Annapolis needs statesmen Assembly opens: Avoiding parochialism and 'petty partisanship.'

January 11, 1996

HOUSE SPEAKER Casper R. Taylor said it in his opening day speech to the House of Delegates; Senate president Thomas V. Mike Miller touched on the same theme in his remarks before the upper chamber, and Gov. Parris N. Glendening echoed those sentiments at an editorial board meeting yesterday: The greatest danger to a successful 90-day General Assembly session is narrow-minded, selfish politics.

Indeed, the politics of greed -- Mr. Miller called it "petty partisanship or small-minded regionalism" -- could turn the General Assembly session into an angry, tit-for-tat brawl, pitting region against region, rich counties against poor subdivisions, Republicans against Democrats with no room for compromise.

Montgomery County legislators and House Republicans have already issued threats to adopt such tactics on the two NFL football stadium issues being pushed by legislative leaders and the governor. But cooler heads may yet prevail. Threats, if carried out, can prove counter-productive. They can also lead to open warfare between regions and county delegations. That kind of situation must be avoided.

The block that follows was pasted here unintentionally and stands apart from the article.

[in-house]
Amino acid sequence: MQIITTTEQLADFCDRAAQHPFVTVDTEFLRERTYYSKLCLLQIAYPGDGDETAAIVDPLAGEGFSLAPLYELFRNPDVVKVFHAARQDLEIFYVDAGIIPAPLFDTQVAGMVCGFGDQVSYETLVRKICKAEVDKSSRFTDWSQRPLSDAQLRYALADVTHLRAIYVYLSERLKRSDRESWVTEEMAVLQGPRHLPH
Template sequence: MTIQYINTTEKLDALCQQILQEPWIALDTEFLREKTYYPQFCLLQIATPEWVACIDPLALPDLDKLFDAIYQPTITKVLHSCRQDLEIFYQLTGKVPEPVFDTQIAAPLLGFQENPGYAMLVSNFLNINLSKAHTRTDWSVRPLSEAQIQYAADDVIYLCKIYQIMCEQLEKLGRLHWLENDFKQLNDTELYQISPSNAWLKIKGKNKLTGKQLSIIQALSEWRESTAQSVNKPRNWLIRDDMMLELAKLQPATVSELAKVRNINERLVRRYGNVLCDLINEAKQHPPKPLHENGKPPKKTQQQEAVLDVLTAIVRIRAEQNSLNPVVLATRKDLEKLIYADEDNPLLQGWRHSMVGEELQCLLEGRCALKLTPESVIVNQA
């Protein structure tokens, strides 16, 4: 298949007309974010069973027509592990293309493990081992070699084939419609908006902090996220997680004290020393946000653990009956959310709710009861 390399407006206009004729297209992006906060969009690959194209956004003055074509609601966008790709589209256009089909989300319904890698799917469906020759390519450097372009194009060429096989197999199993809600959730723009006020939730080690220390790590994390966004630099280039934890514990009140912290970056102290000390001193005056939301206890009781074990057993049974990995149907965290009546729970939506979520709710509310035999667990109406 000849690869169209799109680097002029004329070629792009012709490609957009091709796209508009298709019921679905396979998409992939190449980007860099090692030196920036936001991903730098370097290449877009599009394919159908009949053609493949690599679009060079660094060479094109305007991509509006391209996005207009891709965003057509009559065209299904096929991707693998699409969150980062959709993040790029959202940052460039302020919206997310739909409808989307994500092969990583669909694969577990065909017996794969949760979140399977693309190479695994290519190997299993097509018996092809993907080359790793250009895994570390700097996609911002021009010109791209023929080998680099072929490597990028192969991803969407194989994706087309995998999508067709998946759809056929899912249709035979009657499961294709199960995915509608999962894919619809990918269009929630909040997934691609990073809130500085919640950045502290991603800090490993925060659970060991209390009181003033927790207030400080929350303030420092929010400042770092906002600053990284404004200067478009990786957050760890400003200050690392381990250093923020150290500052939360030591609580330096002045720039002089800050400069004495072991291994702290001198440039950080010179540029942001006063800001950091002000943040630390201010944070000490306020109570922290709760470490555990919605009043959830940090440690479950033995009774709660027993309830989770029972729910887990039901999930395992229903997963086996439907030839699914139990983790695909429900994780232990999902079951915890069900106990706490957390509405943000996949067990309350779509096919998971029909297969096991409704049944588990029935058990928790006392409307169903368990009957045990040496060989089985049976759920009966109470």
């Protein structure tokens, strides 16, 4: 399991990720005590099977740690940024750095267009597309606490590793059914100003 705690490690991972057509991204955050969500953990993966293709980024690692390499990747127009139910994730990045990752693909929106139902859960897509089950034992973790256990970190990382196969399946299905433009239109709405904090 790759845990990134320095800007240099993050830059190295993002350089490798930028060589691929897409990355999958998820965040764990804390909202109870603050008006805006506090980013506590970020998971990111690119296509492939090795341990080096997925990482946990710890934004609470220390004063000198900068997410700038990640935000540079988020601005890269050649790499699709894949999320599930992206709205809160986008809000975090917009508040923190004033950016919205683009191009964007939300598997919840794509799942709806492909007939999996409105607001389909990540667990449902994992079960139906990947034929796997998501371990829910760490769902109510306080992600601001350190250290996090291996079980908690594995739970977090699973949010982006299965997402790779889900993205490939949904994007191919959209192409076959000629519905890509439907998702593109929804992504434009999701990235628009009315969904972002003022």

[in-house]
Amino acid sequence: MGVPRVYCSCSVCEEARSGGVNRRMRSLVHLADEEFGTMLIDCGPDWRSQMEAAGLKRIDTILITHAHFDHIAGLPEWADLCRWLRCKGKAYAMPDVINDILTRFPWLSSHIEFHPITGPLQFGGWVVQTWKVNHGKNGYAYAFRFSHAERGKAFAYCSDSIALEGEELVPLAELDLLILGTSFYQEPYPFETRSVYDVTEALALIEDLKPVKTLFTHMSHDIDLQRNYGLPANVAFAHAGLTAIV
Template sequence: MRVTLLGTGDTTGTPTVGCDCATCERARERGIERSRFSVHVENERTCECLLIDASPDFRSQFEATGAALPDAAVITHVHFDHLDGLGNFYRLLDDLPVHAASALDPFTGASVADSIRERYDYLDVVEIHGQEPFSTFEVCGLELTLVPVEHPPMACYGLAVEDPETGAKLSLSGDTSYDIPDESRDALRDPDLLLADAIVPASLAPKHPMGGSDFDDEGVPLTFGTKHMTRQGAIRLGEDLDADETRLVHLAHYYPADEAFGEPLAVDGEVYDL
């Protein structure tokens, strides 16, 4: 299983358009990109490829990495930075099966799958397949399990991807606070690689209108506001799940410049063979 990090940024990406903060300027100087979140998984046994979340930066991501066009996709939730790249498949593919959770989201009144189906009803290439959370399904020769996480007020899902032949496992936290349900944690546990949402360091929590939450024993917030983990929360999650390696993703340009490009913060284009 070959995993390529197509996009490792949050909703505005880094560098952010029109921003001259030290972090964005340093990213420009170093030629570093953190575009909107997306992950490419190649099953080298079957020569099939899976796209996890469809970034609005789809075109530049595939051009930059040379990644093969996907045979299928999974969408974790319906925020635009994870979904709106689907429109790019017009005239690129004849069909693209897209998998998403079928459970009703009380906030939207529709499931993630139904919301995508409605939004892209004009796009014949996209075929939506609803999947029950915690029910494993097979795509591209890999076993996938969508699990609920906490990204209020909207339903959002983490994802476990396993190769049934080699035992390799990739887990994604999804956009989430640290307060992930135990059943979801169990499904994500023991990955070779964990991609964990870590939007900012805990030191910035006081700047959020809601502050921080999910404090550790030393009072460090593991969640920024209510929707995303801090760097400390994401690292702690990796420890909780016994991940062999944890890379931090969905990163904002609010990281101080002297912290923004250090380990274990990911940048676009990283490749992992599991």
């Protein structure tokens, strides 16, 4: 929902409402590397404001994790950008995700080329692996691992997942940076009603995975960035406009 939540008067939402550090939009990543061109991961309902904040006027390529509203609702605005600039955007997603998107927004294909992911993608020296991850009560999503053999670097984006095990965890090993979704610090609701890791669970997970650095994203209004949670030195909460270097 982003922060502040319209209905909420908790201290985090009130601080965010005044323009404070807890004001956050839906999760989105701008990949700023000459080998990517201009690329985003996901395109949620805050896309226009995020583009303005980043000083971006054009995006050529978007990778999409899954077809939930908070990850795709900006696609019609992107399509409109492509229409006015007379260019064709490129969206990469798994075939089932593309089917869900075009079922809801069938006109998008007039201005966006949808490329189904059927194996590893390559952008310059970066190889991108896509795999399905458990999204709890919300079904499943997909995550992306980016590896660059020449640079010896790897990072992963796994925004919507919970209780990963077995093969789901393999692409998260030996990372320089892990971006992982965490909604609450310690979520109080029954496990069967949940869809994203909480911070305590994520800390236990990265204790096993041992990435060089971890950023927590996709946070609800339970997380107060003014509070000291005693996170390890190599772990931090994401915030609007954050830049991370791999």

Mr. Taylor warned delegates to "avoid the divisiveness, the gridlock, partisanship and the rancorous debate that has led to a crisis at the federal level. We must not let party, geography, region or any other demographics or special interest divide us, or to paralyze us." He urged lawmakers to think in statewide terms when considering proposals: "A gain for one local jurisdiction does not mean a loss for another. Too often, we forget that when Maryland wins, we all win."

Indeed, statesmanship requires legislators to set aside narrow-minded concerns and look at the broader picture. The dictionary defines a statesman as "someone who shows skill, wisdom and vision in conducting state affairs and dealing with public issues." That cannot happen if legislators get bogged down in petty disputes over local matters or naked power grabs for more school construction funds for their county at the expense of other jurisdictions. Senators and delegates ought to heed the advice of their presiding officers and avoid taking the low road during the next three months.

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